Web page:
If you don’t remember her statement, here is a reminder of what no one should ever forget:

You don’t know me, but you’ve been inside me, and that’s why we’re here today.

A deputy explained I had been assaulted. I still remained calm, assured he was speaking to the wrong person…When I was finally allowed to use the restroom, I pulled down the hospital pants they had given me, went to pull down my underwear, and felt nothing.

On that morning, all that I was told was that I had been found behind a dumpster, potentially penetrated by a stranger, and that I should get retested for HIV because results don’t always show up immediately.

One day, I was at work, scrolling through the news on my phone, and came across an article. In it, I read and learned for the first time about how I was found unconscious, with my hair disheveled, long necklace wrapped around my neck, bra pulled out of my dress, dress pulled off over my shoulders and pulled up above my waist, that I was butt naked all the way down to my boots, legs spread apart, and had been penetrated by a foreign object by someone I did not recognize. This was how I learned what happened to me, sitting at my desk reading the news at work. I learned what happened to me the same time everyone else in the world learned what happened to me.

The rest can be heard here. (Her words still haunt me. She had a legal system that believed her, and still she received little justice for her ordeal.)

Brock Turner was sentenced to only 6 months in jail, and only served 3 of those 6 months. The woman he assaulted will have to spend the rest of her life trying to cope with the trauma he inflicted on her when she was unconscious and vulnerable. But because he was a young man with potential and talent, he was excused and his crime was minimized by a lighter sentence.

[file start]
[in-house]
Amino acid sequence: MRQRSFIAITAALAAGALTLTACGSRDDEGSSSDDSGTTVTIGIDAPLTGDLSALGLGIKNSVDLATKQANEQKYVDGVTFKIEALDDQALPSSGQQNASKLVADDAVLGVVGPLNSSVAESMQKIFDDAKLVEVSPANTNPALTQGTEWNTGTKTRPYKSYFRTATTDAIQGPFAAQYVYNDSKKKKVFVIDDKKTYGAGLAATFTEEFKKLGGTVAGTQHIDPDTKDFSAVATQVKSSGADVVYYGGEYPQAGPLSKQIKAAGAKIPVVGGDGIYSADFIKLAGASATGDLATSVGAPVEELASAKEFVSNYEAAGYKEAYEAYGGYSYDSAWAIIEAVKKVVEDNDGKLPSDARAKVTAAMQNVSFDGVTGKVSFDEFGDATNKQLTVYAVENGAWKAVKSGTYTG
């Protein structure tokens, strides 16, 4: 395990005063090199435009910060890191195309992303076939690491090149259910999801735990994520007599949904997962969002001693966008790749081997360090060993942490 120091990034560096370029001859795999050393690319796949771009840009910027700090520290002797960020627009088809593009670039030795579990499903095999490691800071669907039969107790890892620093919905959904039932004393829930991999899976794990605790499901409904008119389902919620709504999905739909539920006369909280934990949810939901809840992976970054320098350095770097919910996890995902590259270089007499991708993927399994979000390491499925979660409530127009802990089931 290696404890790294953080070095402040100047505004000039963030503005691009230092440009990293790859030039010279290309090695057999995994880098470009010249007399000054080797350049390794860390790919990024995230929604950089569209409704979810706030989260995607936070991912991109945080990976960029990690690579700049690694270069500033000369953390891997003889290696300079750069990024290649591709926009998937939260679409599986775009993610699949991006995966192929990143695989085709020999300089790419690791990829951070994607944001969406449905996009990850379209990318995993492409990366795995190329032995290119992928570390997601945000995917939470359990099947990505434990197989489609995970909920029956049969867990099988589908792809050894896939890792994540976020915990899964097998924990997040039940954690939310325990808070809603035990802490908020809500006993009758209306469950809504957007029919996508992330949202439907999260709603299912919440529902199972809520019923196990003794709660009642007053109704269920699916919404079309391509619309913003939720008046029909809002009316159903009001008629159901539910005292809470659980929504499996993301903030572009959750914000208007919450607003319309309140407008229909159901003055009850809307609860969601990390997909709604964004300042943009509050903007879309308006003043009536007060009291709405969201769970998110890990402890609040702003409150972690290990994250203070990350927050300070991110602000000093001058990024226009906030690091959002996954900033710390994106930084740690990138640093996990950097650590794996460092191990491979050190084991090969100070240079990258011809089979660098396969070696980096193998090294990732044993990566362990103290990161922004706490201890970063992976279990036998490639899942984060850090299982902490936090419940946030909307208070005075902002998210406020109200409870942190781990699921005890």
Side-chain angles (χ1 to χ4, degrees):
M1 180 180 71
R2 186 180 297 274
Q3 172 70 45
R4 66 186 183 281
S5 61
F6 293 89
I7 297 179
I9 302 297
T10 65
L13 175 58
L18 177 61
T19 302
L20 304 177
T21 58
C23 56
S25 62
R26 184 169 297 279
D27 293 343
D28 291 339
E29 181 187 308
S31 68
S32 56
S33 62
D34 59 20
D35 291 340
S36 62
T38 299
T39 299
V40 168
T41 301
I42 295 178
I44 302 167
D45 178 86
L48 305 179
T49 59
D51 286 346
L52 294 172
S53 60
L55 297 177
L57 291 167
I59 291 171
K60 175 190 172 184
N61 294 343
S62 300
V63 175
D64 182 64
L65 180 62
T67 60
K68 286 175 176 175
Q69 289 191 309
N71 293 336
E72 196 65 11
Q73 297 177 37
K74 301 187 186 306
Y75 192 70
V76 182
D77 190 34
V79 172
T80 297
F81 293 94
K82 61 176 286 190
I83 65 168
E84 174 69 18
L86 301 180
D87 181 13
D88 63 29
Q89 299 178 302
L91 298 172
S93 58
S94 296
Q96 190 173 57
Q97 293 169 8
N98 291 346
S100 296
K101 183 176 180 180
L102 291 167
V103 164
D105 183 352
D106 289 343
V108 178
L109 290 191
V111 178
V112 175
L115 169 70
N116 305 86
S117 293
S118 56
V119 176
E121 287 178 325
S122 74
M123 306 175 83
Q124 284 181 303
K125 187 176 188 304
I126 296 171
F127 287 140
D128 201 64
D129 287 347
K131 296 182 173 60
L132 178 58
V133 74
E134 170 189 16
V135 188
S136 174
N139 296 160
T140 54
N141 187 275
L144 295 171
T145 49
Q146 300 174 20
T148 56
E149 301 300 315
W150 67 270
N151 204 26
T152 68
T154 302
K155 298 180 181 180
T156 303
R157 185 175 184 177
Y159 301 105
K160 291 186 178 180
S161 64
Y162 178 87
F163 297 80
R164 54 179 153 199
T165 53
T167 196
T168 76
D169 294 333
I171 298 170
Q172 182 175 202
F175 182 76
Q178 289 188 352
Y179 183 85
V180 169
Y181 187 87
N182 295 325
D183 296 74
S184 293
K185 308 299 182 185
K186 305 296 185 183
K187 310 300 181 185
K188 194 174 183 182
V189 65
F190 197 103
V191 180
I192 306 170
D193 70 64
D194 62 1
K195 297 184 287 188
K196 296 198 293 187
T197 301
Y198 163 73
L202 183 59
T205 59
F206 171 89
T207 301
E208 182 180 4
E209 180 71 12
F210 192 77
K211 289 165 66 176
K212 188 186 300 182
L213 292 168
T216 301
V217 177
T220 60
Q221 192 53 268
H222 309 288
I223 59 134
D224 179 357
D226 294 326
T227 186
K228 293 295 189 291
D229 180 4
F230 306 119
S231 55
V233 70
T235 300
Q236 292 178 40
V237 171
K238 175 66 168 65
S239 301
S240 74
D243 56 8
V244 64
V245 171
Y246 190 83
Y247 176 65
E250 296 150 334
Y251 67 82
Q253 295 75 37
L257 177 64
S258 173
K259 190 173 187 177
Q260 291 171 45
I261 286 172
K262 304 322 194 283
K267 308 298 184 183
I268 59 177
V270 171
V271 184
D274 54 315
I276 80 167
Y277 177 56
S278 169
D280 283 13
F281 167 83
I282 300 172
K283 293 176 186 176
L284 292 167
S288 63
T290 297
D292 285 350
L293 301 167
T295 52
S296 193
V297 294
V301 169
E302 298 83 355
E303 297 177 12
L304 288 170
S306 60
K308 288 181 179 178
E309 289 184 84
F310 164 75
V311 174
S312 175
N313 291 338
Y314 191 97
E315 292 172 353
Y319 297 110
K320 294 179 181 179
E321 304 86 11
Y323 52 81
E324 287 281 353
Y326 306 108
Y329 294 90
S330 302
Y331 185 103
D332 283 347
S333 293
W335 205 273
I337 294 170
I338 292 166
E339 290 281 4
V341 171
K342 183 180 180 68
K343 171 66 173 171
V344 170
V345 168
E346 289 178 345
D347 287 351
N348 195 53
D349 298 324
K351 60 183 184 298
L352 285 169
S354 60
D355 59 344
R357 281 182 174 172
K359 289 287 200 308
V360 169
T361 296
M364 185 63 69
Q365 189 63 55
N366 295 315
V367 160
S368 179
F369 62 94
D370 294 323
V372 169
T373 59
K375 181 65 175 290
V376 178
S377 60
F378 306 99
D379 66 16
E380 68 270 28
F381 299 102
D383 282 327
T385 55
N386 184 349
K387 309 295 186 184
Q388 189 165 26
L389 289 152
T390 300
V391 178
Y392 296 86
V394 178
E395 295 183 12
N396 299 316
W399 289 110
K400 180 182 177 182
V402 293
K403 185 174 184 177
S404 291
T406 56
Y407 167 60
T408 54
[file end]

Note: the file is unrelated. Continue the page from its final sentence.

There is still a public outrage concerning that trial, and I suspect it is precisely one of the reasons why there is such a movement among women to take back the power and the dignity these men robbed from them. Talent and power and wealth is no longer a protector of the guilty against facing their accusers. Whether it be a loss of status, a loss of employment, a loss of respect or a loss of freedom. Some argue that the price of a tarnished reputation is too great, that simply the whisper of inappropriate behaviour is enough to sink a career for any of these men. Some have even said that the women were asking for it, they wanted it, what did they expect when they pursued a famous person in such a way. All of these statements are inherently wrong because it places a greater value on talent then it does on a person’s right to have autonomy over their own body.

Women have worked tirelessly to break barriers for a hundred years in order to even the playing field in terms of rights, professions and status. Women were fed the lie by men in powerful positions that in order to get a head they had to put out and shut up, but therein lied the deception, because the men were never going to allow the women to get ahead. And so long as the men could control and manipulate with sex, they could keep the power. So now the men are having to pay their due. And sadly, the largest one to fall is the one who broke the most barriers within his career. But his success is not enough to keep him from facing the consequences of his crimes, not anymore.

The price of our entertainment should never be at the expense of someone else’s denied consent. Not anymore.

The tragic and the comic lie inseparably close, like light and shadow.

–Socrates